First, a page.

I'll be the first to admit that one of the hardest parts of the Christian walk is learning to stand still and wait on God. We think we know what we want, and we want instant gratification. We want to reap the benefits of progress without having to go through the process. The 5-day challenge, in conjunction with Pastor John Jenkins' message yesterday from Psalms 40:1-5, showed me why the process is necessary. Pastor Jenkins taught from the New King James version, but I'll be referencing the New International Version.

Psalms 40:1 reads, "I waited patiently for the Lord; he turned to me and heard my cry." The NIV says, "turned to me," NKJV says, "inclined to me," but Pastor Jenkins took it a step further: "God is leaning in your direction." He explained that leaning is more personal. You are special to God. There are 7 billion people in the world, but because He cares about YOU specifically, He leans in and turns His ear to YOU to hear your prayers. So, if He hears, why isn't He moving now?! God doesn't move as rapidly as you want Him to move because He's examining your posture. He wants to see how you sit in your singleness. Are you uncomfortable? Squirming? Crooked in compromise? Slumped over in complaint? If you are, don't be surprised if He makes you wait longer. Waiting means having an attitude of expectation. Stick with God and do it His way. Don't do what your flesh wants to do. Patiently waiting means recognizing that your time has not come yet. God is a God of alignment. He makes everything line up when the time is right. You can try to rush Him all you want. Just know it won't work until it's on His timing.

Psalms 40:2

"He lifted me out of the slimy pit, out of the mud and mire; he set my feet on a rock and gave me a firm place to stand."

This was Pastor Jenkins' second point. "God will bring you up to set you up." When you're in a place you can't get out of, only God can bring you out. You cannot bring yourself out of singleness...well, you can, but you shouldn't. Remember, His timing! Before I go any further though, I'd like to emphasize an important part of this analogy. Your singleness is not a "slimy pit." It's not a dungeon, and you're not trapped in it while everyone else lives happily ever after. "He set me on a rock and gave me a firm place to stand." Singleness is not punishment, it's purposeful! God uses our singleness to establish a solid foundation in Him. We need to learn to stand firm alone before He gives us someone to stand beside in matrimony.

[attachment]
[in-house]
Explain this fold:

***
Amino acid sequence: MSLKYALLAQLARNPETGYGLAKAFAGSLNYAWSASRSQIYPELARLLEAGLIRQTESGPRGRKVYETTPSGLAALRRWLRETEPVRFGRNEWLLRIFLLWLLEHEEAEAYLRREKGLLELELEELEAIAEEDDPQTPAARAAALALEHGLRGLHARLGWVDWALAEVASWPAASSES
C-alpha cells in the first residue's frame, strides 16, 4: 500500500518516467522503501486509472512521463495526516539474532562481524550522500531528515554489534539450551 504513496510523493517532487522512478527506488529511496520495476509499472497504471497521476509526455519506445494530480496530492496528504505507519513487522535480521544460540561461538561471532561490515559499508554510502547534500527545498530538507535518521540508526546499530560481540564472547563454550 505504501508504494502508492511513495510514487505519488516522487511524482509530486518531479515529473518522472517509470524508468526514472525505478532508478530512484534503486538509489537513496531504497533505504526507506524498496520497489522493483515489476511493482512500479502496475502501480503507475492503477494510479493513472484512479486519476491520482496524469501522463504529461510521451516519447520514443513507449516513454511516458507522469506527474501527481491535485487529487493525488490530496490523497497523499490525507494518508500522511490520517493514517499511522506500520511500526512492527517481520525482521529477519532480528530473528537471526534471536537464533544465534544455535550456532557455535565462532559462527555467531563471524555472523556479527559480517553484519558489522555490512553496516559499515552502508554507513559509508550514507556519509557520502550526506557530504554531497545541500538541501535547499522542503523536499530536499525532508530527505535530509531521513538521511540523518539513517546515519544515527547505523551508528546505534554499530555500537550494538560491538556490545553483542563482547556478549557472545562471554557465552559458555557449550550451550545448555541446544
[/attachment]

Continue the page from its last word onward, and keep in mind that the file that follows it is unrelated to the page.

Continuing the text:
Psalms 40:3-5

He put a new song in my mouth, a hymn of praise to our God. Many will see and fear and put their trust in the Lord.

Blessed is the man who makes the Lord his trust, who does not look to the proud, to those who turn aside to false gods.

Many, O Lord my God, are the wonders you have done. The things you planned for us no one can recount to you; were I to speak and tell of them, they would be too many to declare.

These 3 verses tie into Pastor Jenkins' third and final point: The new song.

When you are fully content in waiting, regardless of what you're waiting for, God will give you a new song to sing that praises Him. In the case of singleness, that "new song" will be marriage. From now on, I'll look at my singleness as the time God is taking to finish writing this new song. While He's writing it, I'll rejoice in the things He has already done for me, because He's already done too much for me to list. I'm learning to be satisfied with just God because I want my single season and my life as a whole to be an example of why people should serve God. I want my marriage to be a testament to how He rewards those who patiently and purposefully wait for His timing. If people watch me play the waiting game, not only will they see the beauty of the wait; they will also see me rewarded. And my reward after the waiting is not just marriage. If I play my cards right, my reward will be eternal life. I'm playing for keeps.

Sunday, July 30, 2017

The Wait, Part 8: Computer Love (Phone Fast Update)

Image source: Facebook